I spent Friday exploring Colonia del Sacramento, the only Portuguese settlement along the Rio de la Plata. In the 1600s Colonia was the focus of a struggle between the Spanish and Portuguese over control of the area. Colonia is one of the world’s best examples of early Spanish and Portuguese architecture.
In the 1600s Colonia was a walled port city dealing in contraband and evading the Spanish crown’s trade rules. Today it’s a sleepy resort on the Bay of Colonia del Sacramento – an agricultural and textile trade center and free trade zone (FTZ).
In Colonia del Sacramento you can use USD, Euros, ARS (Argentine Pesos), or UYU (Uruguayan Pesos). ATMs dispense US dollars as well as local currency. Many Argentinians make regular trips to Colonia to get USD which they exchange on the black market.
Boats run daily between Buenos Aires and Colonia. The 8:30 a.m. boat (Buquebus) was packed with mostly Argentine tourists. The ride from Buenos Aires along Rio de la Plata takes about an hour each way on a fast boat and three hours via a slower less expensive one. Passengers were not allowed on the outside deck.
I was a bit groggy Friday. On Thursday demonstrations spilled over from Central Buenos Aires into nearby Cordoba Avenue in Recoleta. Listening to the demonstrators late at night and again early in the morning made it difficult to sleep. While in Buenos Aires I’ve experienced demonstrations knotting up traffic in parts of the city. The demonstrators know how to cause pandemonium. Whatever their demonstrations were about, hope they accomplished something other than disturbing Recoleta residents.
There are interesting historical attractions in Colonia del Sacramento, including:
- Puerta de la Ciudadela, a drawbridge built in 1745 to safeguard the city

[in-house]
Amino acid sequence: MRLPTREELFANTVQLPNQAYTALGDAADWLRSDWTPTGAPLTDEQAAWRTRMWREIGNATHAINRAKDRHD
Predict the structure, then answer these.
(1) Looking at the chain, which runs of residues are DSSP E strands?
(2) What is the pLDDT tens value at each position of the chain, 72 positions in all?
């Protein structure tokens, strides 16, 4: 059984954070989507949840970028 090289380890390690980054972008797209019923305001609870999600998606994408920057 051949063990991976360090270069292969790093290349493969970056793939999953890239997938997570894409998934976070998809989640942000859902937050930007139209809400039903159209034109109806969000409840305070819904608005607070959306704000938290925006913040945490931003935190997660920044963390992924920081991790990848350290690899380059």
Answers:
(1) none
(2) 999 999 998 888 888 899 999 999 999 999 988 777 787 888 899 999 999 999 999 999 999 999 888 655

- Bastion del Carmen, a cultural center that was once a factory and wharf
- El Faro Lighthouse constructed in 1857 of stones from the ruins of a convent
- Museo Portuguese with Portuguese architecture and furnishing artifacts
- Plaza de Toros bull ring built in 1910 which saw only 8 bullfights before bullfighting was prohibited in 1912
Colonia del Sacramento is an artful restoration of an original colonial city. Homes, gardens, and parks dating back to the 1600s have been meticulously restored to their original grandeur. The trees and antique cars throughout the city are spectacular and the weather is temperate all year. One of the most popular and romantic places to stay in Colonia is Plaza Posada Mayor, a beautifully restored colonial hotel. Colonia reminds me of a smaller, more conservative Cartagena, Columbia with fewer tourists.
“Built in the Portuguese style of houses and cobblestoned streets, the historic part of Colonia is reminiscent of old Lisbon with winding streets and colorful houses. The historic quarter, Barrío Historico, on a small peninsula jutting out into the river, was named a UNESCO heritage site in 1995.”
It was a mellow, quiet day in a colorful place of historical significance. The weather was clear, in the mid-70s, and perfect for walking around in such a pleasant atmosphere. I chatted with some of the other passengers on the boat and then along with many others fell asleep on the way back to Buenos Aires! Some passengers went crazy over the duty-free shop and almost bought it out. There were many bargains compared to the high prices in Buenos Aires.
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And he actually ordered me lunch simply because I stumbled upon it for him…
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